Tuesday, February 26, 2008

Teens may by out of touch with past culture, but are adults out of touch with teens?

I'm often perturbed at the amount of studies that focus on the shortcomings of America's youth. As the studies will show, a good number of school aged children don't know things certain people deem to be important. For instance, the linked study suggests:

-Only 43% knew the Civil War was fought between 1850 and 1900
-Only 52% knew the theme of the book 1984

Ok, so the Civil War thing is a little sad. But, to be honest, I'm not exactly positive of when the Civil War took place, and I'm in an American history honors class. And I could definitely only give you a vague idea as to what the theme of 1984 was. Why? Because it wasn't required reading.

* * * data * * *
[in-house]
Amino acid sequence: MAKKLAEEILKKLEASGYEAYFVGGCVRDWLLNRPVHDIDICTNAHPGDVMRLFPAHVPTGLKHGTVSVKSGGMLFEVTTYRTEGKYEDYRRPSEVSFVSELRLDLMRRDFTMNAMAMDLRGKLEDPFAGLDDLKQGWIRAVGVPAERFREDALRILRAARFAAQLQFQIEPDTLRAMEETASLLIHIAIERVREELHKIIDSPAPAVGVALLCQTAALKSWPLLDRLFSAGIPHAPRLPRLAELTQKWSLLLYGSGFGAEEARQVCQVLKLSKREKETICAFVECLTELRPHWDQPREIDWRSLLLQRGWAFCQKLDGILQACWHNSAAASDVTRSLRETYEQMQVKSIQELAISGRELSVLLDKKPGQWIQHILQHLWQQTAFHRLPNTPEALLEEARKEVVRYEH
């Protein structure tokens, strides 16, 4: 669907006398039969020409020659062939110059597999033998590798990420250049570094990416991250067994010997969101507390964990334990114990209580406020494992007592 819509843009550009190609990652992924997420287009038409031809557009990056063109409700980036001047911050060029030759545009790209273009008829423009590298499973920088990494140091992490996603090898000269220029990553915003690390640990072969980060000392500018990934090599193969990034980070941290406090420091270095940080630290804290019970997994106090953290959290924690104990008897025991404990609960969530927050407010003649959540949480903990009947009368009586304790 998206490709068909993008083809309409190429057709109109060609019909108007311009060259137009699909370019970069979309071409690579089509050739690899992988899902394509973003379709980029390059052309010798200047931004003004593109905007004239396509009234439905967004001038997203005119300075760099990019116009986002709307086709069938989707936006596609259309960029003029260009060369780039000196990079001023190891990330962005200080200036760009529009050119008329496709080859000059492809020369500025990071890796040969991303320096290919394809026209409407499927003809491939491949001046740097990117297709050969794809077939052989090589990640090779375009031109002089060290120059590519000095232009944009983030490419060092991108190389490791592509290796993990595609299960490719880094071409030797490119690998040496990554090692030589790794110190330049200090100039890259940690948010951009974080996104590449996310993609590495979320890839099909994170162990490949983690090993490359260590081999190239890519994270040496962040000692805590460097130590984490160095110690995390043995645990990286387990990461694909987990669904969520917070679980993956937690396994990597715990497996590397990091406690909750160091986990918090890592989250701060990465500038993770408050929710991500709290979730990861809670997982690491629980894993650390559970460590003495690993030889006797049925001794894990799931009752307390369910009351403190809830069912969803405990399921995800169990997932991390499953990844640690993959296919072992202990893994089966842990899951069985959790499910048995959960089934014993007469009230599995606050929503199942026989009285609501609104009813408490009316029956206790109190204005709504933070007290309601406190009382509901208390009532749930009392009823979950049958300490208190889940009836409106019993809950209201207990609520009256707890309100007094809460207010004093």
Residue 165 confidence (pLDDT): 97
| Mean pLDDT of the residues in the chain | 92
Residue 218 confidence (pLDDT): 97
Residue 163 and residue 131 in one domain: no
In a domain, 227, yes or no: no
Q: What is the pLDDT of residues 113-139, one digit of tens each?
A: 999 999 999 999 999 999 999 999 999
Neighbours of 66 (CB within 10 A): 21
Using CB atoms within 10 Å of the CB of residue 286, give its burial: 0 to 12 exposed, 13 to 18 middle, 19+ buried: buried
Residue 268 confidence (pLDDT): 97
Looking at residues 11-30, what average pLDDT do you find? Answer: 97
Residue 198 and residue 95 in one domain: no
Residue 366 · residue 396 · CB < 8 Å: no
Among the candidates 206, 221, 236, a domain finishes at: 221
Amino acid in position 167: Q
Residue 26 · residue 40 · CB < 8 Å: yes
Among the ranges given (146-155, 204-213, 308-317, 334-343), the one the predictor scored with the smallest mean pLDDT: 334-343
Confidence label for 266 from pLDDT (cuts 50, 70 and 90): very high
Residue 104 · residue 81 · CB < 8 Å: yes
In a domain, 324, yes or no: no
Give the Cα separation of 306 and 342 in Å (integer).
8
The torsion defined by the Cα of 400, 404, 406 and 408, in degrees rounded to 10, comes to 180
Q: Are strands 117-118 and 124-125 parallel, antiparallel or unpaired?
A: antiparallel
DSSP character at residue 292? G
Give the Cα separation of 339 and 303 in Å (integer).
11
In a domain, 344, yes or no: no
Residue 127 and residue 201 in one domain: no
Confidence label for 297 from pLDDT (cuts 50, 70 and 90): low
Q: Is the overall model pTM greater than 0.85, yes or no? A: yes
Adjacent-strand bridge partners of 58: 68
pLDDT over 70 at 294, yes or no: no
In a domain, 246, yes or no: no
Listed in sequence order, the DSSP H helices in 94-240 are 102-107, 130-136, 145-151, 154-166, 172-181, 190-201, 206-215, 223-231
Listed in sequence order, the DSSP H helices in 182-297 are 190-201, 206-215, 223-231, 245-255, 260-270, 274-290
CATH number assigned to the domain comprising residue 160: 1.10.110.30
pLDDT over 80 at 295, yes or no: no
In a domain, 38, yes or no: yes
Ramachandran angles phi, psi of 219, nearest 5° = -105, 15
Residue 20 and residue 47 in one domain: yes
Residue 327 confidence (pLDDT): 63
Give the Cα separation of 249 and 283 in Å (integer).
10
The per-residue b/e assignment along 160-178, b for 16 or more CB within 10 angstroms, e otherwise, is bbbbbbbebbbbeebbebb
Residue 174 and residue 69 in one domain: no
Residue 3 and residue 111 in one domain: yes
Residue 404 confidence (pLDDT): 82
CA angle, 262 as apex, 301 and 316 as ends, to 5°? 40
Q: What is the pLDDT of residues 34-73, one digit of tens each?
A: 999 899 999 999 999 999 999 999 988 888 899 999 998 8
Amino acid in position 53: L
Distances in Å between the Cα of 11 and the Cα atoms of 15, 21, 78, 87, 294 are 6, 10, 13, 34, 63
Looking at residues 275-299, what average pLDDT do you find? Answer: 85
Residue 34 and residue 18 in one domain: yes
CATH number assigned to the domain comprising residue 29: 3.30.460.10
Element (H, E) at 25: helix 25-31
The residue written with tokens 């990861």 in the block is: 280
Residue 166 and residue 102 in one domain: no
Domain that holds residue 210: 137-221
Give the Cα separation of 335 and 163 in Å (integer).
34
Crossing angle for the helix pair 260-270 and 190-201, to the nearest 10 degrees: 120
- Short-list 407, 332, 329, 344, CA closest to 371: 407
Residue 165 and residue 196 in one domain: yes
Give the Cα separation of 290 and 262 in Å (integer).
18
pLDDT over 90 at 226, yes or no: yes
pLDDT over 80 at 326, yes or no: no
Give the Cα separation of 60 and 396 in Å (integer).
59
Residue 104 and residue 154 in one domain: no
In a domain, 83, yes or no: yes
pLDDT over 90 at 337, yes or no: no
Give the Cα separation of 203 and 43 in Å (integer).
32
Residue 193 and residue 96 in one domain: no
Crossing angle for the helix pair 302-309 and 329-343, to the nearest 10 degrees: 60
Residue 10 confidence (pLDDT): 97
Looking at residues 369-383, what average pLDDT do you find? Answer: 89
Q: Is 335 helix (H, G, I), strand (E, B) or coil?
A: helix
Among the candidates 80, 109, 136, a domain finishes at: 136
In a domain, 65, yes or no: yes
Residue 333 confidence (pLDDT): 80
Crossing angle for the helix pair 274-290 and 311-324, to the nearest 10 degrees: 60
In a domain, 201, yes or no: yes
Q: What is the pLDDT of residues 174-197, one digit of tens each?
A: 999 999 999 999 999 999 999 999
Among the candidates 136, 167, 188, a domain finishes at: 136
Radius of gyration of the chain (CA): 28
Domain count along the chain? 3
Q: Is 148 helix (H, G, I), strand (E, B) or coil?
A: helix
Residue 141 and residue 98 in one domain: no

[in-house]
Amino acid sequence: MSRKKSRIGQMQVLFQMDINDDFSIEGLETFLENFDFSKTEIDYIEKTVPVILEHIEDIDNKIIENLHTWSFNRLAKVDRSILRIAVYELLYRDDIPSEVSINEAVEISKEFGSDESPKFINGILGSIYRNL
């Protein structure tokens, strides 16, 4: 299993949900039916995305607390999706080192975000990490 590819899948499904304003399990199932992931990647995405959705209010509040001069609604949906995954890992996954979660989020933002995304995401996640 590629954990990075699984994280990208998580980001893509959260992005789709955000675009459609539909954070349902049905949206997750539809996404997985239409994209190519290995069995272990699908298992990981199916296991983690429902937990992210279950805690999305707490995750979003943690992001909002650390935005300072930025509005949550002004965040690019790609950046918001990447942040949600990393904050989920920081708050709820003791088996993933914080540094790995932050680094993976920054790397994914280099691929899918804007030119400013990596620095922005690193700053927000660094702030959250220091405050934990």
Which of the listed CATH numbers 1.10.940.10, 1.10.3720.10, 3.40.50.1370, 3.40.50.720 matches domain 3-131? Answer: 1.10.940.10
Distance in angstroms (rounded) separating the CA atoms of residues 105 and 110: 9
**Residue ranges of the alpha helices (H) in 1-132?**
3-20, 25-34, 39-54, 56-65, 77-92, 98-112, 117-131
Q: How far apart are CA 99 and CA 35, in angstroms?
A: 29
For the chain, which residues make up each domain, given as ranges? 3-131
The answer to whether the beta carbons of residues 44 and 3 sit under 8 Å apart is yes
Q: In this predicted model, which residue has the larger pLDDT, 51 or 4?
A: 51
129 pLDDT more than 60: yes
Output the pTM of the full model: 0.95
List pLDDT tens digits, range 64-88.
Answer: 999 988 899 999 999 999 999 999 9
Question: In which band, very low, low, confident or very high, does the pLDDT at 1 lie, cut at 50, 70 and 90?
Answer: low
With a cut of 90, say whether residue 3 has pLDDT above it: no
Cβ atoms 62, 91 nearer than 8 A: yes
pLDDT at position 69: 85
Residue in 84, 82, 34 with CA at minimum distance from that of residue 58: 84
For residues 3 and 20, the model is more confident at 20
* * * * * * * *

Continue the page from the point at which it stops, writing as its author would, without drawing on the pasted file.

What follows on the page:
Who determines what is important for teenagers to know anyway? Obviously someone who is out of touch with teenage culture.

Yes, it is important that teenagers know certain things. But, what if a teenager constructed a survey testing adults about teen culture? How would an average adult do on these questions:

1. What is the significance of Jessica Simpson and Tony Romo?
2. What does this sentence say? 0M6! 15 17 p05518L3 70 533 l33+? (See this horrid news report on YouTube).
3. Who is Miley Cyrus?

As Nick is pointing out to me while I write this, these are "pop culture" references. However, it is my opinion that today's pop culture is just as important as any historical culture. After all, history is written because someone felt it was important. Why are these not as important as any other event in history? Most everything is important to someone.

My point is that measuring student performance based off cultural references is a bit absurd. Yes, those events and items played important roles in history, but teenagers care about different things. Just as an adult would not be expected to ace questions like those I posed above, teenagers should not be expected to ace historical references.

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